Sunday, January 24, 2010
John McGlinn was an orchestra conductor and musical archivist. His lifelong passion was a quest for the original orchestrations of musicals, some well known, others long forgotten. He was, in fact, a musical archaeologist, rummaging through old warehouses and attics in search of history. In 1982, McGlinn made his biggest find, in an abandoned warehouse in Seacaucus, NJ - the original orchestrations for Showboat, the 1927 Kern-Hammerstein production that arguably was the most significant musical of the twentieth century. “It was like finding Tut’s tomb,” he said at the time.
McGlinn’s special mission was to find the original versions of songs written by Jerome Kern, regarded by many as the inventor of the American popular song. Many of Kern’s songs were written in collaboration with Oscar Hammerstein II (best known today for his later collaboration with Richard Rodgers). The Kern-Hammerstein partnership produced, in addition to Showboat, two other hit shows, Sunny and Music in the Air. Then, in 1939, the masters gave us Very Warm for May, which featured what I believe is the best love song ever written, “All the Things You Are.” The original orchestrations for this song were among the treasures that John McGlinn saved from obscurity.
The melody line is harmonically inspired. If you are in the mood for a dissertation on the song’s chord progression, you can go to http://en.wikipedia.org/wiki/All_the_Things_You_Are with a piano within reach. The bare-bones melody line doesn’t begin to explain the song’s appeal; it’s the harmony that raises the goose bumps, and that is why McGlinn’s discovery was so important.
The lyrics are Hammerstein at his best. “You are the promised kiss of springtime that makes the lonely winter seem long” may not seem special if you have never spent a lonely winter in Maine, but trust me, it rings the bell, as does “the breathless hush of evening that trembles on the brink of a lovely song.” That’s the kind of writing that drives would-be writers like me to desperation.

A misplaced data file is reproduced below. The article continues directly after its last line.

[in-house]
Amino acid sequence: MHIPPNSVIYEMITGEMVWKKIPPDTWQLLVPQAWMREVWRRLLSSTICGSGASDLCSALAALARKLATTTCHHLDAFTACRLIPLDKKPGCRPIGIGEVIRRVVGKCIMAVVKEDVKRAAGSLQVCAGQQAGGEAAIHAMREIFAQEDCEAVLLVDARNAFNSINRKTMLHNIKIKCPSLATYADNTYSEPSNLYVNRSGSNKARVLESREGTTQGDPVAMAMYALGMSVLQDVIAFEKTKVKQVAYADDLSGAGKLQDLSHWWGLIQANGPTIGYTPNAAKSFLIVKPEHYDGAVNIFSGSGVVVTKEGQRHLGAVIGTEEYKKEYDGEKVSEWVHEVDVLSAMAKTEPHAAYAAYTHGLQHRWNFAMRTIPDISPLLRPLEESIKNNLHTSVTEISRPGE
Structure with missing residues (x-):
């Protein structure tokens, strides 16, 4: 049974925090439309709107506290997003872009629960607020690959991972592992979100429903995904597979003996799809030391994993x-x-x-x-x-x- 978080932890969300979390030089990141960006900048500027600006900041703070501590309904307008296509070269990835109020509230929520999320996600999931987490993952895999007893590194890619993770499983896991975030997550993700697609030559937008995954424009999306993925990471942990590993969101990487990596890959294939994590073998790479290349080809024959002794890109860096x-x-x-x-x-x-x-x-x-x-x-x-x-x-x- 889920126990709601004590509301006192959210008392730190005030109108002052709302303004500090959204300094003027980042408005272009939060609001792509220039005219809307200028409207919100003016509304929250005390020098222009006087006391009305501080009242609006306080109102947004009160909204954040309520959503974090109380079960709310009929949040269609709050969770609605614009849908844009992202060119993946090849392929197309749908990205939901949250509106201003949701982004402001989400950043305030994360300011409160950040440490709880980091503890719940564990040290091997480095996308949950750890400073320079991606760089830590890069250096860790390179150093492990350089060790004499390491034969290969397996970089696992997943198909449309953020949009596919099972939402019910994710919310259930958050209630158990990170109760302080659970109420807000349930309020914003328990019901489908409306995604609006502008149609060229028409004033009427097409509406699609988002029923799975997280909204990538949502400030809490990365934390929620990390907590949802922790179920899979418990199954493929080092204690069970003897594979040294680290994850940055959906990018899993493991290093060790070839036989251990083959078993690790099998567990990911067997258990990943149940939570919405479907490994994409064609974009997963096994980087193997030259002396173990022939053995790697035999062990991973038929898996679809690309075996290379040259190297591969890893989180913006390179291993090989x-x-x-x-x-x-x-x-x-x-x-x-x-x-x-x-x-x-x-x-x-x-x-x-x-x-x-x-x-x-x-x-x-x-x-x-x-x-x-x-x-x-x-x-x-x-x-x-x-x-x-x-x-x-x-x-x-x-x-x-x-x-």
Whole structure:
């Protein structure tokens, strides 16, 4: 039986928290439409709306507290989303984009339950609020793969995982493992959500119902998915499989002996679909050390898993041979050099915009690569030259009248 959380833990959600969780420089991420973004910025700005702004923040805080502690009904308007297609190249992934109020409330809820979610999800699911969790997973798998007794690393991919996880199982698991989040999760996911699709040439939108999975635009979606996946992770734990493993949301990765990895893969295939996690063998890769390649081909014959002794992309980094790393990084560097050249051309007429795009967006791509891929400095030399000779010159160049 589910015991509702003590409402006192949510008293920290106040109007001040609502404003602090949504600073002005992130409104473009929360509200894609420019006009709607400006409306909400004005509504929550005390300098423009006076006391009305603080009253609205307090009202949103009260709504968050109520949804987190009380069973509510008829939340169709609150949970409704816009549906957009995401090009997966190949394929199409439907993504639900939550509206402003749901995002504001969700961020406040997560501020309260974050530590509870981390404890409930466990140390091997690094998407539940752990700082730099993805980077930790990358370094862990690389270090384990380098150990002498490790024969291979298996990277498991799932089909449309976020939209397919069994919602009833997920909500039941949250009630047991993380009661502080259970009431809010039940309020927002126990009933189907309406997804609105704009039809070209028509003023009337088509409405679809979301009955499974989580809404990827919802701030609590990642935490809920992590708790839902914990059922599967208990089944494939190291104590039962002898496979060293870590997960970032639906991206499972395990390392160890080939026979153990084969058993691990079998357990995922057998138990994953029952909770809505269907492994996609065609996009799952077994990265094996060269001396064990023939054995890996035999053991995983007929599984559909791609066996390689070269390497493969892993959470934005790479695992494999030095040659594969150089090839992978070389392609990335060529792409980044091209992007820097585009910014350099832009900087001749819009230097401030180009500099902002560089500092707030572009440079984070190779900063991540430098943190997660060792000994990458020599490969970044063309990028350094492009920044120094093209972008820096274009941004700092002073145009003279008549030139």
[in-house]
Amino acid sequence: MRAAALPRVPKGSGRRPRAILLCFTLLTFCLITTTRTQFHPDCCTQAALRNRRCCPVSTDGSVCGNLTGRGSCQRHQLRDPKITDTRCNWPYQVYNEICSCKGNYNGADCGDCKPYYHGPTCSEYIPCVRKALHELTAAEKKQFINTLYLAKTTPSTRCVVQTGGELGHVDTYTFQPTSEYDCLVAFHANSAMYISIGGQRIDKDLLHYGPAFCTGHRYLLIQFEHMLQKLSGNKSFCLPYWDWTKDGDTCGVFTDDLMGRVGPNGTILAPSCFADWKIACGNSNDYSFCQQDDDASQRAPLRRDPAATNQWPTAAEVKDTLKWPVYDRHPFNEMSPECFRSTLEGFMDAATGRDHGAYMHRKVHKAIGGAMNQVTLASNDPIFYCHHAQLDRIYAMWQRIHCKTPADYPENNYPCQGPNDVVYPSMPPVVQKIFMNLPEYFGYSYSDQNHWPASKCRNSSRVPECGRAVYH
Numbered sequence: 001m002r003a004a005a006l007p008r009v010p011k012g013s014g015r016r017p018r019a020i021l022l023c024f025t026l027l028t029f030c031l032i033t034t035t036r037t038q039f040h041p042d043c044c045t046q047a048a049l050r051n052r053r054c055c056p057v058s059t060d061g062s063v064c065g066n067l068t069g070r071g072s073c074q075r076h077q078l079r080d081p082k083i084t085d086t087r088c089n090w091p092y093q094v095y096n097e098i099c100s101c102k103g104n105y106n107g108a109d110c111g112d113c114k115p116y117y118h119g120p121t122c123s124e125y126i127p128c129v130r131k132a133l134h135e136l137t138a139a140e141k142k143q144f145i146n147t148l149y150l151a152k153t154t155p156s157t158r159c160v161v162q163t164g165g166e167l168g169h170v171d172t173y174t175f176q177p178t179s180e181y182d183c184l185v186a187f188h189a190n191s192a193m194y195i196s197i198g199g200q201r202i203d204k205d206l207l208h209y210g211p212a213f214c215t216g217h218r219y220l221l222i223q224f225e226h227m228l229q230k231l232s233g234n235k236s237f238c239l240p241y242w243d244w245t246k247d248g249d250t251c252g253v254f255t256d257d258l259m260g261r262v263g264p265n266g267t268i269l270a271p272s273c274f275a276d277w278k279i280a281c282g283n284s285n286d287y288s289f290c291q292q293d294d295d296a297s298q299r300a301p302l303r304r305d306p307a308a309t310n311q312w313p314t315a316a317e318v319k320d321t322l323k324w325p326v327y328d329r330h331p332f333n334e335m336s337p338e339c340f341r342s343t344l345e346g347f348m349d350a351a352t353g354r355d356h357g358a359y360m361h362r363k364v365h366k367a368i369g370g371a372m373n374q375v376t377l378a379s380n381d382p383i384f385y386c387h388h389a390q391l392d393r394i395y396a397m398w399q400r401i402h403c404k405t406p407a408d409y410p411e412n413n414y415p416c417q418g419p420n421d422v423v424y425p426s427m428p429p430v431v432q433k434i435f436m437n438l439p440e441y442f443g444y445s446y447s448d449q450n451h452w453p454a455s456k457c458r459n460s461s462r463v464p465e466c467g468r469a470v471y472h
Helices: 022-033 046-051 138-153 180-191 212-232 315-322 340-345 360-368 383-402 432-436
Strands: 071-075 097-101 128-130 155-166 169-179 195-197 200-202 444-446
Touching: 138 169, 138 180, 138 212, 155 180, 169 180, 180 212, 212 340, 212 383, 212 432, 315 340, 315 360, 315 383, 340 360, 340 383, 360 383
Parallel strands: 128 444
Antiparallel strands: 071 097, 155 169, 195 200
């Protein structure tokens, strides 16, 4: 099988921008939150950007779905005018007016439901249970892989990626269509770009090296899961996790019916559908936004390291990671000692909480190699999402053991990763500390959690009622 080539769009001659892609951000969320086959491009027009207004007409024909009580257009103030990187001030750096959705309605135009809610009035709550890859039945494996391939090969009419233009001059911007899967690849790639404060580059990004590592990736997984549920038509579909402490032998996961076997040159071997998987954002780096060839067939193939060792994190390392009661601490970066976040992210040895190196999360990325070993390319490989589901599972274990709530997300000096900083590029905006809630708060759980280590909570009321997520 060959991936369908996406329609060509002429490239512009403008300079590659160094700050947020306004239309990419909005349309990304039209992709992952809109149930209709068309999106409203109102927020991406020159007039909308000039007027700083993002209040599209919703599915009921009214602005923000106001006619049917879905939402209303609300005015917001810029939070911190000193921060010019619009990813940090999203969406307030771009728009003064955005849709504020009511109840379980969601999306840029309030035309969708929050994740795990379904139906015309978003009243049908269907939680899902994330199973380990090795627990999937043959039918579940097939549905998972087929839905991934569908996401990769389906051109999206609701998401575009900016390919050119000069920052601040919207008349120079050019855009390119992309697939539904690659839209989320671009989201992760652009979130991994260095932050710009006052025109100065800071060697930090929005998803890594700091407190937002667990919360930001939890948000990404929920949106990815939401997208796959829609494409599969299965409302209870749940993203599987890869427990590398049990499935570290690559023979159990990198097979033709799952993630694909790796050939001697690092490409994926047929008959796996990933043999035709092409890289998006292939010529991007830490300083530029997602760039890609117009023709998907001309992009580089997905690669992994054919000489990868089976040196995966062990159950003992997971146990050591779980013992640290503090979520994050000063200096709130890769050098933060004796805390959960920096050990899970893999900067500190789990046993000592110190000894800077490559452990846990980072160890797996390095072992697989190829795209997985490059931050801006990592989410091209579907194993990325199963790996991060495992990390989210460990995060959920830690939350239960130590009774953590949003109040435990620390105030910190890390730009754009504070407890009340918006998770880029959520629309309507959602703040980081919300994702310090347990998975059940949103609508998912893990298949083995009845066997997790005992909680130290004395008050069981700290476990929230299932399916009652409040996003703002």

In 1990, the Boston Pops Orchestra devoted an hour to recreating songs from old Broadway shows, and they put that “Evening at the Pops” in the hands of guest conductor John McGlinn, proving that there is justice in the world after all. Luckily, I taped the program, so I can report that the beatific smile on McGlinn’s face as he conducted spoke volumes about his love for these orchestrations, especially the grand finale, the original Russell Bennett orchestration of “All the Things You Are” - just as the opening night audience heard it 50 years before, said hostess Kitty Carlisle-Hart.
The song is a double duet, with one couple singing the verse (rarely heard today), expressing frustration at their inability to “let my heart find its voice,” followed by the other couple’s all-out declaration of love. In the show, the hit song was sung by the foursome early in the first act, then reprised twice in the second act, suggesting that the producers knew where the gold lay. In the Pops concert, the two couples were joined by the Tanglewood Chorus. Talk about giving a great song its due!
Very Warm for May, despite a huge cast, lots of talent (June Allyson, Eve Arden, Vera Ellen), and the creative energies of Kern and Hammerstein, lasted only 59 performances. But it did leave behind a song that will live forever.
And John McGlinn must still be smiling – from above. A heart attack took him last year, at age 55.